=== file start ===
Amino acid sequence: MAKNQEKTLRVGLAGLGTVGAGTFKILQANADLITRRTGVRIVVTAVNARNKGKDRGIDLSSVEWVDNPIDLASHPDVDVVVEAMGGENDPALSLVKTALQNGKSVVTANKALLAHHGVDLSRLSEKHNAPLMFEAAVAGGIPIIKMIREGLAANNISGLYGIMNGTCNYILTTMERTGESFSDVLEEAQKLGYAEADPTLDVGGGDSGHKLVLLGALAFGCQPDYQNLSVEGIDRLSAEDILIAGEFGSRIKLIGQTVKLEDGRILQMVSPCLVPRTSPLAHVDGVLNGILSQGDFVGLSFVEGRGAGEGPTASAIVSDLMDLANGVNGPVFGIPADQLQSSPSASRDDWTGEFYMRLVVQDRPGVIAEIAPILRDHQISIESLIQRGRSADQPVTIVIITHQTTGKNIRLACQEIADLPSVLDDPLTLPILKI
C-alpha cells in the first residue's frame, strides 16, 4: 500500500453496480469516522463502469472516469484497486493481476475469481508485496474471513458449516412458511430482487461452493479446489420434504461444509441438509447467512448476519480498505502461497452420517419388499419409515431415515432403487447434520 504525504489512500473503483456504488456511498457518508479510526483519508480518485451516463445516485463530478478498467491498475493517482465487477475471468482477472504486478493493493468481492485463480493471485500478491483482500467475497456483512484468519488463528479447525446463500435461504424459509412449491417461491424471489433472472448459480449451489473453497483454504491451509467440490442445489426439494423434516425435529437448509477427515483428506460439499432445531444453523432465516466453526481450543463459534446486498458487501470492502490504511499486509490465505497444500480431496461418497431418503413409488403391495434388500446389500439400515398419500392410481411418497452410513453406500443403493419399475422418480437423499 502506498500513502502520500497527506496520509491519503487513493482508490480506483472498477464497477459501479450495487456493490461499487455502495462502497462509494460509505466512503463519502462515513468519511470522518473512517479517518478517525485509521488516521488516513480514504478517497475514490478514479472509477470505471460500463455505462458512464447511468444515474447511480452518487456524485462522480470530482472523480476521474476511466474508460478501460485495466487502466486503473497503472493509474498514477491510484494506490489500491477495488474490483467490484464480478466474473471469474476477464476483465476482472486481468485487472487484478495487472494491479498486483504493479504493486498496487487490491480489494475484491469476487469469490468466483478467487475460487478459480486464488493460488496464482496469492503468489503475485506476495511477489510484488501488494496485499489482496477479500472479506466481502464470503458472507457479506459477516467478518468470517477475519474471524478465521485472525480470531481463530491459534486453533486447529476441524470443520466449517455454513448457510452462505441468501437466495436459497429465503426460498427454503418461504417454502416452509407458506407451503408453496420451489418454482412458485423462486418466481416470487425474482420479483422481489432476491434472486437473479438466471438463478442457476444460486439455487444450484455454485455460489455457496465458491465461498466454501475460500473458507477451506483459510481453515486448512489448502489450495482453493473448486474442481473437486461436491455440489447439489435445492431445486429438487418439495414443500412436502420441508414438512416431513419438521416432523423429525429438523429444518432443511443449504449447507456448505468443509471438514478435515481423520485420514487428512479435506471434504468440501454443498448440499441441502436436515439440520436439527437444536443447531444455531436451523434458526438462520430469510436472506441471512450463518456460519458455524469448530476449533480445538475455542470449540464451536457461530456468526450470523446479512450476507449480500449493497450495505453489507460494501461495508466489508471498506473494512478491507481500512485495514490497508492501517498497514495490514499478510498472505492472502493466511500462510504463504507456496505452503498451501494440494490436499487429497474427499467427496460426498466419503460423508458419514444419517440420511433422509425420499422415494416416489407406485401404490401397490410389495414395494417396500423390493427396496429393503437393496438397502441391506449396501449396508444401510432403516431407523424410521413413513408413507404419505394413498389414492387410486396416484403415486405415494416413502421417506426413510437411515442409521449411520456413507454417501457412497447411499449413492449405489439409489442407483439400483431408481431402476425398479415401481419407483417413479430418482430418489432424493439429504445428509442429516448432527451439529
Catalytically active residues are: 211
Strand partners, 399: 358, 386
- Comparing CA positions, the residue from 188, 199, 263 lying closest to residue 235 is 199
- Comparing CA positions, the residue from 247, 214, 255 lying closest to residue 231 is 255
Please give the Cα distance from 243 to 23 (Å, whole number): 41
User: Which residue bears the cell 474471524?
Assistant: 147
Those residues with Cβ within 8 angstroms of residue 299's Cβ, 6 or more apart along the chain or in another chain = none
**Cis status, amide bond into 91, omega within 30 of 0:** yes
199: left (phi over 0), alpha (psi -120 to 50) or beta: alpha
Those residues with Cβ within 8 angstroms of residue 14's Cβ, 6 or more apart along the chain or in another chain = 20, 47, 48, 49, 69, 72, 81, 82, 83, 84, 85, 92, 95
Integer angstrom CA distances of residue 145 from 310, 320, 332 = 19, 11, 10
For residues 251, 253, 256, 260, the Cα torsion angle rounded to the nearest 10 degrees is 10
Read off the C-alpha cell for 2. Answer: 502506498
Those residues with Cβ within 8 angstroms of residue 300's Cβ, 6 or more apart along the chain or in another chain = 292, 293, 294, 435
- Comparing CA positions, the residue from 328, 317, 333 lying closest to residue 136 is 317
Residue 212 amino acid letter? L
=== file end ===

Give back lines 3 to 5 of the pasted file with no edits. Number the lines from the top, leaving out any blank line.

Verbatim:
Catalytically active residues are: 211
Strand partners, 399: 358, 386
- Comparing CA positions, the residue from 188, 199, 263 lying closest to residue 235 is 199